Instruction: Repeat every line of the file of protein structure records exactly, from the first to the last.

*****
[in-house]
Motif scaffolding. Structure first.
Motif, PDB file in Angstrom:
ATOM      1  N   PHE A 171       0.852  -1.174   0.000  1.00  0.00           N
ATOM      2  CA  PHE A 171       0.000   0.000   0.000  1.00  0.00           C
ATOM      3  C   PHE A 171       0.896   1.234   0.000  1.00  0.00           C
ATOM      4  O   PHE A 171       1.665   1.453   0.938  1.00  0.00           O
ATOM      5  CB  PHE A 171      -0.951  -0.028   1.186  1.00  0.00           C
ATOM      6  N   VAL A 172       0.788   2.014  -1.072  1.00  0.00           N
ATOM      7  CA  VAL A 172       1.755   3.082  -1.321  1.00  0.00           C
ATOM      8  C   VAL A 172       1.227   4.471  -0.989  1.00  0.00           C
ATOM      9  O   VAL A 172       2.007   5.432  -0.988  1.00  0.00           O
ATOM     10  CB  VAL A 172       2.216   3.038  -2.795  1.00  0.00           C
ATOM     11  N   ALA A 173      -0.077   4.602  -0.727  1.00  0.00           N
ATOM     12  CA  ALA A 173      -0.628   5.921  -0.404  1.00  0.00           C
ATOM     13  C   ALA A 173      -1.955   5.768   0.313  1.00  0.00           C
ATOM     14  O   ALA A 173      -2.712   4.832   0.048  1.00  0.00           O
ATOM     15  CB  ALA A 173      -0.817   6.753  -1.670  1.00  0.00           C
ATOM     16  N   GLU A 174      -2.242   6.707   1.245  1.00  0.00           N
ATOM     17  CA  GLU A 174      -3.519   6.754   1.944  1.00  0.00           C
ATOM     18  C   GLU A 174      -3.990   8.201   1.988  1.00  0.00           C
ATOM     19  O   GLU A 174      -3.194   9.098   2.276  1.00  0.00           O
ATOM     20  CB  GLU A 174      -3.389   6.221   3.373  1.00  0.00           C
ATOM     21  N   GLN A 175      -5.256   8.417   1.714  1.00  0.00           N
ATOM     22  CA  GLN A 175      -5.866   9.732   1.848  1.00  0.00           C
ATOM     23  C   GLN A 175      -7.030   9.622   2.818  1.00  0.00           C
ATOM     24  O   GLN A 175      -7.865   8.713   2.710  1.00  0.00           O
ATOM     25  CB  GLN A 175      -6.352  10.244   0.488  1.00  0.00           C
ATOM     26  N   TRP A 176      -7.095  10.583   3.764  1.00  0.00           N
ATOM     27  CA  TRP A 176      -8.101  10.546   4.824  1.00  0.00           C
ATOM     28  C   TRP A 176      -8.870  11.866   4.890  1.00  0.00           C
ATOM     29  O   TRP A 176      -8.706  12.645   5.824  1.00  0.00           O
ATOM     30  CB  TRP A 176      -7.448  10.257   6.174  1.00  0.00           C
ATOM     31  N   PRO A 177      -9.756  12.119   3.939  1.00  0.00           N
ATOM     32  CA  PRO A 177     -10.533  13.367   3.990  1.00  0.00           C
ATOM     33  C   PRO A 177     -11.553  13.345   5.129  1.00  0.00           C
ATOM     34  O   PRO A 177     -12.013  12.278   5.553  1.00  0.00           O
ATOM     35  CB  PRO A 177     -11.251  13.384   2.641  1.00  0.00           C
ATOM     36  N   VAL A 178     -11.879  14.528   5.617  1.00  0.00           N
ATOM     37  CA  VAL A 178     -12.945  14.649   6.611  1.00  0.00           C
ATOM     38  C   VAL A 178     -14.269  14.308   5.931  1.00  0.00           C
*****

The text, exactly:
[in-house]
Motif scaffolding. Structure first.
Motif, PDB file in Angstrom:
ATOM      1  N   PHE A 171       0.852  -1.174   0.000  1.00  0.00           N
ATOM      2  CA  PHE A 171       0.000   0.000   0.000  1.00  0.00           C
ATOM      3  C   PHE A 171       0.896   1.234   0.000  1.00  0.00           C
ATOM      4  O   PHE A 171       1.665   1.453   0.938  1.00  0.00           O
ATOM      5  CB  PHE A 171      -0.951  -0.028   1.186  1.00  0.00           C
ATOM      6  N   VAL A 172       0.788   2.014  -1.072  1.00  0.00           N
ATOM      7  CA  VAL A 172       1.755   3.082  -1.321  1.00  0.00           C
ATOM      8  C   VAL A 172       1.227   4.471  -0.989  1.00  0.00           C
ATOM      9  O   VAL A 172       2.007   5.432  -0.988  1.00  0.00           O
ATOM     10  CB  VAL A 172       2.216   3.038  -2.795  1.00  0.00           C
ATOM     11  N   ALA A 173      -0.077   4.602  -0.727  1.00  0.00           N
ATOM     12  CA  ALA A 173      -0.628   5.921  -0.404  1.00  0.00           C
ATOM     13  C   ALA A 173      -1.955   5.768   0.313  1.00  0.00           C
ATOM     14  O   ALA A 173      -2.712   4.832   0.048  1.00  0.00           O
ATOM     15  CB  ALA A 173      -0.817   6.753  -1.670  1.00  0.00           C
ATOM     16  N   GLU A 174      -2.242   6.707   1.245  1.00  0.00           N
ATOM     17  CA  GLU A 174      -3.519   6.754   1.944  1.00  0.00           C
ATOM     18  C   GLU A 174      -3.990   8.201   1.988  1.00  0.00           C
ATOM     19  O   GLU A 174      -3.194   9.098   2.276  1.00  0.00           O
ATOM     20  CB  GLU A 174      -3.389   6.221   3.373  1.00  0.00           C
ATOM     21  N   GLN A 175      -5.256   8.417   1.714  1.00  0.00           N
ATOM     22  CA  GLN A 175      -5.866   9.732   1.848  1.00  0.00           C
ATOM     23  C   GLN A 175      -7.030   9.622   2.818  1.00  0.00           C
ATOM     24  O   GLN A 175      -7.865   8.713   2.710  1.00  0.00           O
ATOM     25  CB  GLN A 175      -6.352  10.244   0.488  1.00  0.00           C
ATOM     26  N   TRP A 176      -7.095  10.583   3.764  1.00  0.00           N
ATOM     27  CA  TRP A 176      -8.101  10.546   4.824  1.00  0.00           C
ATOM     28  C   TRP A 176      -8.870  11.866   4.890  1.00  0.00           C
ATOM     29  O   TRP A 176      -8.706  12.645   5.824  1.00  0.00           O
ATOM     30  CB  TRP A 176      -7.448  10.257   6.174  1.00  0.00           C
ATOM     31  N   PRO A 177      -9.756  12.119   3.939  1.00  0.00           N
ATOM     32  CA  PRO A 177     -10.533  13.367   3.990  1.00  0.00           C
ATOM     33  C   PRO A 177     -11.553  13.345   5.129  1.00  0.00           C
ATOM     34  O   PRO A 177     -12.013  12.278   5.553  1.00  0.00           O
ATOM     35  CB  PRO A 177     -11.251  13.384   2.641  1.00  0.00           C
ATOM     36  N   VAL A 178     -11.879  14.528   5.617  1.00  0.00           N
ATOM     37  CA  VAL A 178     -12.945  14.649   6.611  1.00  0.00           C
ATOM     38  C   VAL A 178     -14.269  14.308   5.931  1.00  0.00           C